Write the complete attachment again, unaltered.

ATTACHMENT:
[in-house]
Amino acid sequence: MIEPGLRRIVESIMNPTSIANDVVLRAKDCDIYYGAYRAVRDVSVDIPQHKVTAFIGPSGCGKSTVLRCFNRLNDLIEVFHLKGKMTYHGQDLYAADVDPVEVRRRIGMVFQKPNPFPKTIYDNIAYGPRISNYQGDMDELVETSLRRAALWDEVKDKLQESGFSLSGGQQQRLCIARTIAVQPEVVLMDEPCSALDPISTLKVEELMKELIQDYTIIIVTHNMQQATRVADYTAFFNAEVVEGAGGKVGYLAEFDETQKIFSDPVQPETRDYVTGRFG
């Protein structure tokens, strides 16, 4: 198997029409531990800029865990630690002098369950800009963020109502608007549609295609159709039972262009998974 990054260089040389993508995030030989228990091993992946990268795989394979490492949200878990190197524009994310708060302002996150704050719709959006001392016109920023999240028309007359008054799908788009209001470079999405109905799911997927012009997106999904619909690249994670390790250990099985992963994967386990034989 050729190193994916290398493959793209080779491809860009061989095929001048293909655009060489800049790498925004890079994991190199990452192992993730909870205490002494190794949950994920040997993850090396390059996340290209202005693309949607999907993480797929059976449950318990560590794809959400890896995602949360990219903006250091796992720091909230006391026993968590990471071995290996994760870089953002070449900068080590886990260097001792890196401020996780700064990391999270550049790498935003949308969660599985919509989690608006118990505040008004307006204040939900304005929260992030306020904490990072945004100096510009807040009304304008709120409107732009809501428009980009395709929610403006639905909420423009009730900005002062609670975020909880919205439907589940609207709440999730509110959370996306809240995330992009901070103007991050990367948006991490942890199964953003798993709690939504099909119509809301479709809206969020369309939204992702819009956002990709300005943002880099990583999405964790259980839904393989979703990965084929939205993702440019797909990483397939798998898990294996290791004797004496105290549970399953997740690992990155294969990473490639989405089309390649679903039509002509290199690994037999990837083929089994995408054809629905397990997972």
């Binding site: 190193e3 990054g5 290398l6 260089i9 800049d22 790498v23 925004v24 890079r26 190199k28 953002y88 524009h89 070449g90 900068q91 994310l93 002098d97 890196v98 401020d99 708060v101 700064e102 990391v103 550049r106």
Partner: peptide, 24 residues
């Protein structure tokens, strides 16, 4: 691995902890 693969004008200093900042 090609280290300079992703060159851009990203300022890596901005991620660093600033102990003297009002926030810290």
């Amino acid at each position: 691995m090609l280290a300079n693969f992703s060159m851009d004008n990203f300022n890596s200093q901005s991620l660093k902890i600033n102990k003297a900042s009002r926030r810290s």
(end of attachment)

[in-house]
Amino acid sequence: MIEPGLRRIVESIMNPTSIANDVVLRAKDCDIYYGAYRAVRDVSVDIPQHKVTAFIGPSGCGKSTVLRCFNRLNDLIEVFHLKGKMTYHGQDLYAADVDPVEVRRRIGMVFQKPNPFPKTIYDNIAYGPRISNYQGDMDELVETSLRRAALWDEVKDKLQESGFSLSGGQQQRLCIARTIAVQPEVVLMDEPCSALDPISTLKVEELMKELIQDYTIIIVTHNMQQATRVADYTAFFNAEVVEGAGGKVGYLAEFDETQKIFSDPVQPETRDYVTGRFG
């Protein structure tokens, strides 16, 4: 198997029409531990800029865990630690002098369950800009963020109502608007549609295609159709039972262009998974 990054260089040389993508995030030989228990091993992946990268795989394979490492949200878990190197524009994310708060302002996150704050719709959006001392016109920023999240028309007359008054799908788009209001470079999405109905799911997927012009997106999904619909690249994670390790250990099985992963994967386990034989 050729190193994916290398493959793209080779491809860009061989095929001048293909655009060489800049790498925004890079994991190199990452192992993730909870205490002494190794949950994920040997993850090396390059996340290209202005693309949607999907993480797929059976449950318990560590794809959400890896995602949360990219903006250091796992720091909230006391026993968590990471071995290996994760870089953002070449900068080590886990260097001792890196401020996780700064990391999270550049790498935003949308969660599985919509989690608006118990505040008004307006204040939900304005929260992030306020904490990072945004100096510009807040009304304008709120409107732009809501428009980009395709929610403006639905909420423009009730900005002062609670975020909880919205439907589940609207709440999730509110959370996306809240995330992009901070103007991050990367948006991490942890199964953003798993709690939504099909119509809301479709809206969020369309939204992702819009956002990709300005943002880099990583999405964790259980839904393989979703990965084929939205993702440019797909990483397939798998898990294996290791004797004496105290549970399953997740690992990155294969990473490639989405089309390649679903039509002509290199690994037999990837083929089994995408054809629905397990997972």
């Binding site: 190193e3 990054g5 290398l6 260089i9 800049d22 790498v23 925004v24 890079r26 190199k28 953002y88 524009h89 070449g90 900068q91 994310l93 002098d97 890196v98 401020d99 708060v101 700064e102 990391v103 550049r106």
Partner: peptide, 24 residues
């Protein structure tokens, strides 16, 4: 691995902890 693969004008200093900042 090609280290300079992703060159851009990203300022890596901005991620660093600033102990003297009002926030810290």
């Amino acid at each position: 691995m090609l280290a300079n693969f992703s060159m851009d004008n990203f300022n890596s200093q901005s991620l660093k902890i600033n102990k003297a900042s009002r926030r810290s």